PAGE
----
National Professional Standards for Teachers (2012)Australian Institute for Teaching and School Leadership (AITSL)
New South Wales Department of Education and Communities (NSW DEC)
CurriculumThe Australian Curriculum v5.1 General Capabilities (2013)Australian Curriculum, Assessment and Reporting Authority (ACARA)

Policies such as the Code of Conduct (NSW DEC, 2010a), and its associated procedures (NSW DEC, 2010b; 2003), and the National Professional Standards for Teachers (AITSL, 2012) impose direct obligations upon teachers and are applicable at the level of the secondary classroom. Only two curricula that were most relevant were selected for analysis. These were the Australian Curriculum: Information and Communication Technologies (Revised Draft) and The Australian Curriculum v5.1: General Capabilities. Both documents represent the latest versions (September, 2013) with their content, focusing on the application, use and management of digital technologies within lower secondary years. Students in the lower secondary years have been found to report the highest rates of sexting (Bluett-Boyd et al., 2013; Lenhart, 2009; Livingstone, 2008; Phippen, 2012; Ringrose et al., 2012; Victorian Law Reform Commission, 2011).

The selection of the General Capabilities curriculum was motivated primarily by the need to consider the potential for sexting to occur in classes where technologies are required. The General Capabilities curriculum is intended for cross-curricular use by all secondary teachers. Unlike the Information and Communication Technologies Curriculum, which is delivered as a specialist course, the content within the General Capabilities curriculum is more likely to be delivered by non-technology specialists. Arguably, these teachers may be less digitally proficient and this could result in increased risk (Cramer & Hayes, 2010; Cuban, Kirkpatrick & Peck, 2001; Eberwein, 2008). Finally, the General Capabilities Curriculum includes lessons focusing on the ethical use of technology, social responsibility, multimedia creation, and file sharing. Such experiences provide direct opportunities, via registrable outcomes, for students to interact with emergent communication technologies.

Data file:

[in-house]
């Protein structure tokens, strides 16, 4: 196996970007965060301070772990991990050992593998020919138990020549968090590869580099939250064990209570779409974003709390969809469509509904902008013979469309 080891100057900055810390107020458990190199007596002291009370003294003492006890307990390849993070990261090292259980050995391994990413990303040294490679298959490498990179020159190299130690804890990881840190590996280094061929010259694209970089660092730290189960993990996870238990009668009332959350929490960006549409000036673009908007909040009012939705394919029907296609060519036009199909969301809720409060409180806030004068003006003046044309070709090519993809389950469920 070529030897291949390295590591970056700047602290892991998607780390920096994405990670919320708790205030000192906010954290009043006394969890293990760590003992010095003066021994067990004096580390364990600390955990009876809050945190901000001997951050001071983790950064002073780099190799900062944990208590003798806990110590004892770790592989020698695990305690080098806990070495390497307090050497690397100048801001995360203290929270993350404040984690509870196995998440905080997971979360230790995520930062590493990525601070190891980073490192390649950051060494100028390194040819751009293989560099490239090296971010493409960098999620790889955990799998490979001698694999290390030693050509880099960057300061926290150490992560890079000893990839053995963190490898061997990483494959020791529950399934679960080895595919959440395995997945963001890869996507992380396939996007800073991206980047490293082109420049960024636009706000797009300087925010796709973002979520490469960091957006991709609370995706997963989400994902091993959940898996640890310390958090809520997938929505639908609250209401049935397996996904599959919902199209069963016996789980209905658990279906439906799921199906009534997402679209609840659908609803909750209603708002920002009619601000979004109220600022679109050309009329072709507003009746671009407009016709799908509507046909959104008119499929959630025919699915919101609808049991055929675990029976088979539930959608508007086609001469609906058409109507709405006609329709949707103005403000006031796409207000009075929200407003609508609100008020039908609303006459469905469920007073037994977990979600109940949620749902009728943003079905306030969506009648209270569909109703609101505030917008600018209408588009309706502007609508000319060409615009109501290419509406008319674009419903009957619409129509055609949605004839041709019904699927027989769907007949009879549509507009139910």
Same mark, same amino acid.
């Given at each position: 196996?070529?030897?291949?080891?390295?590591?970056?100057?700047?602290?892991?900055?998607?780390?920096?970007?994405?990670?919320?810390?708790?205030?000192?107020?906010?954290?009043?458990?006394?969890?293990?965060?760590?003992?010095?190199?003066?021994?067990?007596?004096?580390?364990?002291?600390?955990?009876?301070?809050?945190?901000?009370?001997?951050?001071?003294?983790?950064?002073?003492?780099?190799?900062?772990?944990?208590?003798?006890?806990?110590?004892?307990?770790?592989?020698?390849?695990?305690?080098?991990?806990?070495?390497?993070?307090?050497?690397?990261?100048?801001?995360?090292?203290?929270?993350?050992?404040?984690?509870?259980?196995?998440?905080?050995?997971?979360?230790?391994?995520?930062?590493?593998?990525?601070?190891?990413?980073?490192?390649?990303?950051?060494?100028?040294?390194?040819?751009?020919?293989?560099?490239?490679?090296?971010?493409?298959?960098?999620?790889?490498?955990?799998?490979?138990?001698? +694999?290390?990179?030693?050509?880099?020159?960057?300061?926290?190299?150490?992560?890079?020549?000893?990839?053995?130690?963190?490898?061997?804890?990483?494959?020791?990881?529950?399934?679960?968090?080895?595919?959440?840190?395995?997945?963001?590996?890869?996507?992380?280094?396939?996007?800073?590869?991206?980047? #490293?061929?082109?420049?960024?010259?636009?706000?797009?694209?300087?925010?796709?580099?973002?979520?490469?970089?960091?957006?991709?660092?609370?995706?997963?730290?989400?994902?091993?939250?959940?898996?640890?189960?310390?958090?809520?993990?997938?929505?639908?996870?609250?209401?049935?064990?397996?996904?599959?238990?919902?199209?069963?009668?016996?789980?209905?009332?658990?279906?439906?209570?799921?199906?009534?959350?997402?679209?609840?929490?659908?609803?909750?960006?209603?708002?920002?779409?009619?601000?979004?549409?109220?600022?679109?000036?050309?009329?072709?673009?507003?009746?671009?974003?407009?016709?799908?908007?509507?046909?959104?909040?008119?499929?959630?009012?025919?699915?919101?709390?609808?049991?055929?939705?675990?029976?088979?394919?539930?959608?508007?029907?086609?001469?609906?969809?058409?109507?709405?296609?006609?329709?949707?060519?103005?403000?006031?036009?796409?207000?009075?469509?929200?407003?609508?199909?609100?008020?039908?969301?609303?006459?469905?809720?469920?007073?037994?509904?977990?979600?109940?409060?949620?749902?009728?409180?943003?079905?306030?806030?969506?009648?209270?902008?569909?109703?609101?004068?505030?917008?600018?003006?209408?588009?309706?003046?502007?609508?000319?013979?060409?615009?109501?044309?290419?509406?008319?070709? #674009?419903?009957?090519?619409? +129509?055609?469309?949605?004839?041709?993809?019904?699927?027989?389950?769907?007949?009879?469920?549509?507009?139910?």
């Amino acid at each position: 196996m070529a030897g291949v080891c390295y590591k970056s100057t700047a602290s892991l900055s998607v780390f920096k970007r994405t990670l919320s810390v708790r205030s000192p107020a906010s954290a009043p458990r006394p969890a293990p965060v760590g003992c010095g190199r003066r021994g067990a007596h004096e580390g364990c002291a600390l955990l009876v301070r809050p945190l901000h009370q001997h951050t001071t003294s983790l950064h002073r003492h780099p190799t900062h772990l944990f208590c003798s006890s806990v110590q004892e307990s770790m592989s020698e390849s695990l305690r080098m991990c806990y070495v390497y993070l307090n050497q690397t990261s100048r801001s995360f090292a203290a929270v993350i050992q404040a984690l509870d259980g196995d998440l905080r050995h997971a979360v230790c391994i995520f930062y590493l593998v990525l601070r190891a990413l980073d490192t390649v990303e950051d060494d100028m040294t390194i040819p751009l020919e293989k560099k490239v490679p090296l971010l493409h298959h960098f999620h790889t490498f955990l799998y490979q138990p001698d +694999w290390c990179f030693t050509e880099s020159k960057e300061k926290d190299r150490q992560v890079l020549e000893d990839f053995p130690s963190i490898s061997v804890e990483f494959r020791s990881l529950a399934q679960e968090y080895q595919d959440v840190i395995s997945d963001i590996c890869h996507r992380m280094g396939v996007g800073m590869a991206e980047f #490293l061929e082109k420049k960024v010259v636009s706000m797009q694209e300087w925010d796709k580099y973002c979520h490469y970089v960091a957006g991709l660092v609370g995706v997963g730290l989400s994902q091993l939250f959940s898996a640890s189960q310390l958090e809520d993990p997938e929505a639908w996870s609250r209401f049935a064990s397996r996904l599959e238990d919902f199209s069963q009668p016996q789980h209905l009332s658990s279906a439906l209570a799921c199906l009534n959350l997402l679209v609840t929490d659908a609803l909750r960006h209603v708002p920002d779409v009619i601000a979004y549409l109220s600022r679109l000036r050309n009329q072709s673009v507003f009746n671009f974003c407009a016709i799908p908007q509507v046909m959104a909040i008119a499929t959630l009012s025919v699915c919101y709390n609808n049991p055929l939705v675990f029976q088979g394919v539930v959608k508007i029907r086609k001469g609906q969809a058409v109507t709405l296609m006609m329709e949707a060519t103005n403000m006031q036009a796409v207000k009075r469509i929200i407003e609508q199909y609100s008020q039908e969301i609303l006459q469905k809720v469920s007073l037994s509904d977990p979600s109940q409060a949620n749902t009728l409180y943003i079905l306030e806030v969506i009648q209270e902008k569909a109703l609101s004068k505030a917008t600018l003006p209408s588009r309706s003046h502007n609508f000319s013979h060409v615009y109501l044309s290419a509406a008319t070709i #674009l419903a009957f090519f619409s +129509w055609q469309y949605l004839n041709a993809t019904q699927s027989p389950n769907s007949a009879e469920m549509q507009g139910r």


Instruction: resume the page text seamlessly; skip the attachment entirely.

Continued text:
Document analysis phase 1: Coding for directive statements

Saldana (2009, p. 4) argues that, "Coding is not a precise science; it's primarily an interpretive act". To increase the validity of the coding a two phase process was used. Phase 1 involved the identification of 'directive' statements. Such statements were defined as explicitly imposing behavioural or pedagogical directions, related to the use, management or facilitation of emergent communication technologies, upon classroom teachers. Document overviews, scopes, aims topics, and registrable student and teacher outcomes were reviewed line by line. A process of repeated coding involving both manual coding and computer-supported searches was used. Repetition (Bogdan & Taylor, 1975), word collocation and concordance (Ryan & Bernard, 2003) via the use of the Key Word in Concordance tool (KWIC), and constant comparison (Glasser & Strauss, 1967) were used to identify, confirm and summarise explicit directives.